Three dimensions of the performance of firms in Ghana’s manufacturing sector are investigated in this paper: their technology and the importance of technical and allocative efficiency. We show that the diversity of factor choices in not due to a non-homothetic technology. Observable skills are not quantitatively important as determinants of productivity. Technical inefficiency is not lower in firms with foreign ownership or older firms and its dispersion across firms is similar to that found in other economies. Large firms face far higher relative labour costs than small firms. If these factor price differentials could be levelled out, substantial gains thorough improvements in allocative efficiency would be possible.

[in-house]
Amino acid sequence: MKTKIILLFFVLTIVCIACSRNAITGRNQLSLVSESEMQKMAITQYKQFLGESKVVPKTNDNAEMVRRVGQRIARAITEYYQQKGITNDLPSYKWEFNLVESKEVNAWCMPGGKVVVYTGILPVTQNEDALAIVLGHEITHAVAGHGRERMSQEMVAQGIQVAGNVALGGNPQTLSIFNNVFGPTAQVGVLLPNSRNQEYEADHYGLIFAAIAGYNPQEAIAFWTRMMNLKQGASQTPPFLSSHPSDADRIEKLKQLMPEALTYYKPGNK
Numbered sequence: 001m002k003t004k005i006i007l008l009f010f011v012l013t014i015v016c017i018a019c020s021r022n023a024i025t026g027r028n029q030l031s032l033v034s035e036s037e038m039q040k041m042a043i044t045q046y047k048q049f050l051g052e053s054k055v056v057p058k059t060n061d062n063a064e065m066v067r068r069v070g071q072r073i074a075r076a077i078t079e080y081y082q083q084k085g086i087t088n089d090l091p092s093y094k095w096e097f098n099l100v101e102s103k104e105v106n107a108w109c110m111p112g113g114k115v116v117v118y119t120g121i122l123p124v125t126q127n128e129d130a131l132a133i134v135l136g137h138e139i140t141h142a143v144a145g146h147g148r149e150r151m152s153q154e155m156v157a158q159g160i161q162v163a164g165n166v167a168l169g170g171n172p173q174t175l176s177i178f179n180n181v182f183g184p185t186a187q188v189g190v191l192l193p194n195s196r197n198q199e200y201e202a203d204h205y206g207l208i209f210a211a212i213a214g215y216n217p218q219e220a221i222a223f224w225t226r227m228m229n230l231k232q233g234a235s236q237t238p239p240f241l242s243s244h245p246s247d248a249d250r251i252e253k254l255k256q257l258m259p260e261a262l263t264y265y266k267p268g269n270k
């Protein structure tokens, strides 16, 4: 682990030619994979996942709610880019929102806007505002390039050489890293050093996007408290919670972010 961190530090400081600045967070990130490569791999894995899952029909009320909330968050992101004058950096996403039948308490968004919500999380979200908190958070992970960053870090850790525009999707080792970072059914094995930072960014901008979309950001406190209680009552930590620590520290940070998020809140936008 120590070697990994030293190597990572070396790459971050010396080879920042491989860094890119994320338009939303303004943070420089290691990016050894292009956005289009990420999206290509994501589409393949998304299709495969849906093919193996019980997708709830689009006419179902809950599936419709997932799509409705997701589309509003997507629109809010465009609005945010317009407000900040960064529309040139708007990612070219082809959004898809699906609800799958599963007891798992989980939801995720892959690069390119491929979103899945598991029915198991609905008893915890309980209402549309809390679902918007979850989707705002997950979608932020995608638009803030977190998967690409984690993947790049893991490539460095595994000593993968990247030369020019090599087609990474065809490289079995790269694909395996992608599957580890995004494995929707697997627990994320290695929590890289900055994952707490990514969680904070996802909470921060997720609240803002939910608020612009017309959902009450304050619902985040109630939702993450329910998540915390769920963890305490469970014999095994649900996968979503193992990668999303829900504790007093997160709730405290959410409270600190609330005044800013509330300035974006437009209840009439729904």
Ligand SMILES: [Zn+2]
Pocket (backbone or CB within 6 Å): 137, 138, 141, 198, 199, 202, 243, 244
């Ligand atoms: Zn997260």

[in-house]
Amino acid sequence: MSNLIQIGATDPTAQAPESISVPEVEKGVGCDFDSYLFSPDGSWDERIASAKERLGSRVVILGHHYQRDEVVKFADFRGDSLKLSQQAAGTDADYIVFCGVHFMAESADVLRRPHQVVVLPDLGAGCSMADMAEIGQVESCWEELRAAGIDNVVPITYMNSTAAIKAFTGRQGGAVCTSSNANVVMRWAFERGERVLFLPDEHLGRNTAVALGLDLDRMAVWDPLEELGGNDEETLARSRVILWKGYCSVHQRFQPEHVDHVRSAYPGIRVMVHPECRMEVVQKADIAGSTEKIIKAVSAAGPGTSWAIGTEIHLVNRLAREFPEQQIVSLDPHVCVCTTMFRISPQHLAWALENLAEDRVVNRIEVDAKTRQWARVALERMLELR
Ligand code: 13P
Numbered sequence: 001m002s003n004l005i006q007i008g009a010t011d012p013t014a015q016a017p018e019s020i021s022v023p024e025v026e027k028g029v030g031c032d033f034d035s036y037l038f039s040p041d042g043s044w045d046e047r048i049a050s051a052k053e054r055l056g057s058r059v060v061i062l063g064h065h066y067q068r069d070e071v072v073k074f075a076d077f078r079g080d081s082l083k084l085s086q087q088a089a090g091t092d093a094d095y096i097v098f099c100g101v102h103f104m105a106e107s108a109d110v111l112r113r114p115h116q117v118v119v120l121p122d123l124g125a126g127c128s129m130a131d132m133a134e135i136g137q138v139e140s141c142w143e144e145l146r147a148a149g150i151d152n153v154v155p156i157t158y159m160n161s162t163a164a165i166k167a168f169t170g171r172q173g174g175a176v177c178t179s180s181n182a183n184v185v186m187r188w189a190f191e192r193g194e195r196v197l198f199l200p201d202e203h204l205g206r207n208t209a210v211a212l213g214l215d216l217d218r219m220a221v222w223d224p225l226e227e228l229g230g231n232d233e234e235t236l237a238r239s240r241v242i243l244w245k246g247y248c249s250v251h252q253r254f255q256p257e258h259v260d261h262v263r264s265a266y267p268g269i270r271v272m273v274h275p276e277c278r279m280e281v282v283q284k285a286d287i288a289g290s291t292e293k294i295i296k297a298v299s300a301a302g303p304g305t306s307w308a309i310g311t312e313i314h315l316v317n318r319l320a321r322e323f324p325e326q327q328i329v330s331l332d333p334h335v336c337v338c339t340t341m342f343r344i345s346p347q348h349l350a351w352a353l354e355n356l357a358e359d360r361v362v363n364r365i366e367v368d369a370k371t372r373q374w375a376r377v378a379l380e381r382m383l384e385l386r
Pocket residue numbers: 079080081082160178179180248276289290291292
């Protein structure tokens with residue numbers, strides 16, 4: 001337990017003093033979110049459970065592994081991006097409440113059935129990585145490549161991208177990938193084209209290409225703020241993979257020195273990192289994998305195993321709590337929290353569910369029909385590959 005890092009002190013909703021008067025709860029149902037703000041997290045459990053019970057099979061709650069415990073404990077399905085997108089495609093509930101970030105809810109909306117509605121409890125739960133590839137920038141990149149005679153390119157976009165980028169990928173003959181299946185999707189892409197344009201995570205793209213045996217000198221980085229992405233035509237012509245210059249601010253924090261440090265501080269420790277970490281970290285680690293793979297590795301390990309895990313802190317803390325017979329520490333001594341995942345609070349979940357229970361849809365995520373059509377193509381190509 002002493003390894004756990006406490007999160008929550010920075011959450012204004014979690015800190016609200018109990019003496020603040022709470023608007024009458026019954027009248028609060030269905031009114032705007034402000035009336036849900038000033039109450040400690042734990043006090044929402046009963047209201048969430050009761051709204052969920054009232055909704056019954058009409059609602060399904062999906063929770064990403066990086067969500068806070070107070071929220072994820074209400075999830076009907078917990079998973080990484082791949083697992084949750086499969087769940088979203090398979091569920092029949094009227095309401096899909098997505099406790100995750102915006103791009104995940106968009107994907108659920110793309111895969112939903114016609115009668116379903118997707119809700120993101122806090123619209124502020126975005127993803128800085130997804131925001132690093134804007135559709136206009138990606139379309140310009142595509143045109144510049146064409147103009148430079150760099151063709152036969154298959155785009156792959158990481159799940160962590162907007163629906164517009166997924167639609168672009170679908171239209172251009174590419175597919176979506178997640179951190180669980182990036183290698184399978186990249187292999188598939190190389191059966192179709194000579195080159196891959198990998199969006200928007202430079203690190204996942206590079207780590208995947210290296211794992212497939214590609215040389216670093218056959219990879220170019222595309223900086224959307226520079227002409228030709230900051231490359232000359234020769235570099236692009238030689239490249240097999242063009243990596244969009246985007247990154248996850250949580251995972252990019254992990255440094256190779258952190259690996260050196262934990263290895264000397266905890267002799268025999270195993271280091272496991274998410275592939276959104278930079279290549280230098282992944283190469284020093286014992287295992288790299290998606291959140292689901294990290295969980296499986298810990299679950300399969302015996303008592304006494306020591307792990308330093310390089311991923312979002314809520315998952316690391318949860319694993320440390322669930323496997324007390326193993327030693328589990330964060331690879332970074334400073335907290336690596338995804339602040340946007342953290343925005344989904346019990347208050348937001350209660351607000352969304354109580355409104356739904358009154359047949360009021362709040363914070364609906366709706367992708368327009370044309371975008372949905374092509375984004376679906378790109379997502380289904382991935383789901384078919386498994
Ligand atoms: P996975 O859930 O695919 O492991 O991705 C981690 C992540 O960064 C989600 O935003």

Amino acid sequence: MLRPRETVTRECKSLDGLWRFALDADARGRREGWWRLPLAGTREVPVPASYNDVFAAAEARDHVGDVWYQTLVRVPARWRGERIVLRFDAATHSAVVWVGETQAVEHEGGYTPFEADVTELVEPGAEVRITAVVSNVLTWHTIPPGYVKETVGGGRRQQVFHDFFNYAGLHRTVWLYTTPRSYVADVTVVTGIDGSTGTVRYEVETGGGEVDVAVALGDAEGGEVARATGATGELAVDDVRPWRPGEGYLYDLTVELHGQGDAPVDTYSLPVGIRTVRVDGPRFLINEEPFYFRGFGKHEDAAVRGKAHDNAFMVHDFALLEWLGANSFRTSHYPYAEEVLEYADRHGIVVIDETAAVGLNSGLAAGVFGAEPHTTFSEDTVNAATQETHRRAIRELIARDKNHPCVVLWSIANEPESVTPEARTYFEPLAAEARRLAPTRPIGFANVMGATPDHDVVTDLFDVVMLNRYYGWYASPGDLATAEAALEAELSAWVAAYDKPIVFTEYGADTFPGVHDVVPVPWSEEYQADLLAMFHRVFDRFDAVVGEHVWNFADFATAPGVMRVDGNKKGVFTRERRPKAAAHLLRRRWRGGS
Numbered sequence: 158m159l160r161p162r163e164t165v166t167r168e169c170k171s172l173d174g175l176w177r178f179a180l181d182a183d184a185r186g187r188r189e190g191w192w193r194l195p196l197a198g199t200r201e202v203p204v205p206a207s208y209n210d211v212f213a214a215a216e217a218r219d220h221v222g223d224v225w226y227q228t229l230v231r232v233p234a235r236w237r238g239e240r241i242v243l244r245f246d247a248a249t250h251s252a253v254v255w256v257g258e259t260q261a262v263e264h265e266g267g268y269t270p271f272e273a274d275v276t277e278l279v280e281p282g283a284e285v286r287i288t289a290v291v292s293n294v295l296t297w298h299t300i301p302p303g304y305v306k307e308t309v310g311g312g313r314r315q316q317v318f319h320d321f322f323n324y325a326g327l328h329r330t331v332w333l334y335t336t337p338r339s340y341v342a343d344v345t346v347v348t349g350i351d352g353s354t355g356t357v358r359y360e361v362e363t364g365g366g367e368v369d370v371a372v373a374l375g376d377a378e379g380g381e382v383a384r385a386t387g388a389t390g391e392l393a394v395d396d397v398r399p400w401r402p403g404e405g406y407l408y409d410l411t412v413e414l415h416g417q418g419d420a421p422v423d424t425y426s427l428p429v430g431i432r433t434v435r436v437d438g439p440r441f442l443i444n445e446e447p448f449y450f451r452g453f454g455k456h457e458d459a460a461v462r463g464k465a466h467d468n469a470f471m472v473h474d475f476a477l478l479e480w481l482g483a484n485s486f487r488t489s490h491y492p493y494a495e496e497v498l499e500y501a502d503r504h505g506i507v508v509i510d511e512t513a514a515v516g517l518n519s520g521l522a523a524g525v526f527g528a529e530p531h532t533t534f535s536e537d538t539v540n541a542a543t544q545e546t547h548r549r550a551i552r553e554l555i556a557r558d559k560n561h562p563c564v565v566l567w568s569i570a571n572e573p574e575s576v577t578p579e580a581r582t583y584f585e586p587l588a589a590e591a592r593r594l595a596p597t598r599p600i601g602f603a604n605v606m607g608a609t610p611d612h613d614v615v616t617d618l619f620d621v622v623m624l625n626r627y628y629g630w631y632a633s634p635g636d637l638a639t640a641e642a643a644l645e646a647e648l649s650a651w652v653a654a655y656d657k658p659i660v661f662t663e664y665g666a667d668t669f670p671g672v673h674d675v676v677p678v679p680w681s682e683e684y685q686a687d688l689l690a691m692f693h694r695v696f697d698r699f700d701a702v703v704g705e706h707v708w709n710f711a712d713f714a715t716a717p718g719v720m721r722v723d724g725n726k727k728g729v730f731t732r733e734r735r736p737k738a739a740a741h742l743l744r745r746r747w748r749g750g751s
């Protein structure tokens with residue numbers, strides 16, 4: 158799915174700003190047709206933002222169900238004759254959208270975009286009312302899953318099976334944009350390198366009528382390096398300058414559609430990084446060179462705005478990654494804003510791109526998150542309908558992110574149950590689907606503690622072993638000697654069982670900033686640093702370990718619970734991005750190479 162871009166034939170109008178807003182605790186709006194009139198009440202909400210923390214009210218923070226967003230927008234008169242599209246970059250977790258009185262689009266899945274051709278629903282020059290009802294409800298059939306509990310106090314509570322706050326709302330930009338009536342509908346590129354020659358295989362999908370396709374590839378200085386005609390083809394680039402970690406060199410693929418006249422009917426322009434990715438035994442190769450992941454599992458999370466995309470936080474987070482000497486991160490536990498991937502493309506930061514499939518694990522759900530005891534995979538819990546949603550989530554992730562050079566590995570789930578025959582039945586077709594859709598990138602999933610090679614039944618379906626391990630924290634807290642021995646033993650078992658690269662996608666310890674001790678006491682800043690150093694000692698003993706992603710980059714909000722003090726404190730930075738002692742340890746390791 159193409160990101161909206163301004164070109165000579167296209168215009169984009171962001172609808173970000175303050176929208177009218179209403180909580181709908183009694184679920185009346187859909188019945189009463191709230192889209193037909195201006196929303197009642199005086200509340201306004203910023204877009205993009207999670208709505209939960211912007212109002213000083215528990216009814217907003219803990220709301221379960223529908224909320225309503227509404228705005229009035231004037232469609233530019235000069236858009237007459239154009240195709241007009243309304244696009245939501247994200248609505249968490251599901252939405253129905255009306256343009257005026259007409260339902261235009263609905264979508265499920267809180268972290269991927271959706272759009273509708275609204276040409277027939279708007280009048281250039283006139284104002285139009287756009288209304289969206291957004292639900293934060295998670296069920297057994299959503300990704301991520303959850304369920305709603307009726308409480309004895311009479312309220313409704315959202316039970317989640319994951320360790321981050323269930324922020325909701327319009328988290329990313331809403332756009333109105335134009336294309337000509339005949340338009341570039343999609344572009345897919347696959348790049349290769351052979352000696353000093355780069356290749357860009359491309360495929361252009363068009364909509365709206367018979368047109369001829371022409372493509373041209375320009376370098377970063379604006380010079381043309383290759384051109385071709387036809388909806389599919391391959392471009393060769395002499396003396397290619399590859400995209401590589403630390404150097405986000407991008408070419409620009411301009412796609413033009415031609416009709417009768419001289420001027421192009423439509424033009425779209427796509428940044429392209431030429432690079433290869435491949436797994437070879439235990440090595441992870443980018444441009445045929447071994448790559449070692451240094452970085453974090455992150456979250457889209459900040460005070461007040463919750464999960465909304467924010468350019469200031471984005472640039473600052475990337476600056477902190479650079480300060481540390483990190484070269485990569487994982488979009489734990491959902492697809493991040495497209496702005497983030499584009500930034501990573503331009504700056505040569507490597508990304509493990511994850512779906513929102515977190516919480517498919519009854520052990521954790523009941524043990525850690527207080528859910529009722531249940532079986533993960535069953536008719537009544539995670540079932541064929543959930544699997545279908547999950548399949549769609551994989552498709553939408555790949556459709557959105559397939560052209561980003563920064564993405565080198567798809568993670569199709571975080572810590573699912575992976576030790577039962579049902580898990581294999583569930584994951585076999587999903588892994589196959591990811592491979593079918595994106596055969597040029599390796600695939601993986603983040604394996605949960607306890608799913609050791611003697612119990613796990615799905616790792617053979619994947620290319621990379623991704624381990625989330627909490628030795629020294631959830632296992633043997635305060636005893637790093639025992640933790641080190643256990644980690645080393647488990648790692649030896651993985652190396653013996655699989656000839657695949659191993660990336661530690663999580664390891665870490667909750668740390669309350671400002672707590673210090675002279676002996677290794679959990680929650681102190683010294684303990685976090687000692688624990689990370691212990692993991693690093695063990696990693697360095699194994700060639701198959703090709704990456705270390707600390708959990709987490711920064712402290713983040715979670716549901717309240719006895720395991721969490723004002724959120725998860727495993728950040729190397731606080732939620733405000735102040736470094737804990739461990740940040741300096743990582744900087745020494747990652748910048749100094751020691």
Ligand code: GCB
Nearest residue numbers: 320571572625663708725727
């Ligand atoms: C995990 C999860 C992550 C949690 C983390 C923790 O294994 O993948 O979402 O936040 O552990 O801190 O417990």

This paper is a revised version of WPS/2001-14, 'Are African Manufacturing Firms Really Inefficient? Evidence from Firm-Level Panel Data'.
Söderbom, M.; Teal, F. Size and Efficiency in African Manufacturing Firms: Evidence from Firm-Level Panel Data. (2002) 40 pp.
Size and Efficiency in African Manufacturing Firms: Evidence from Firm-Level Panel Data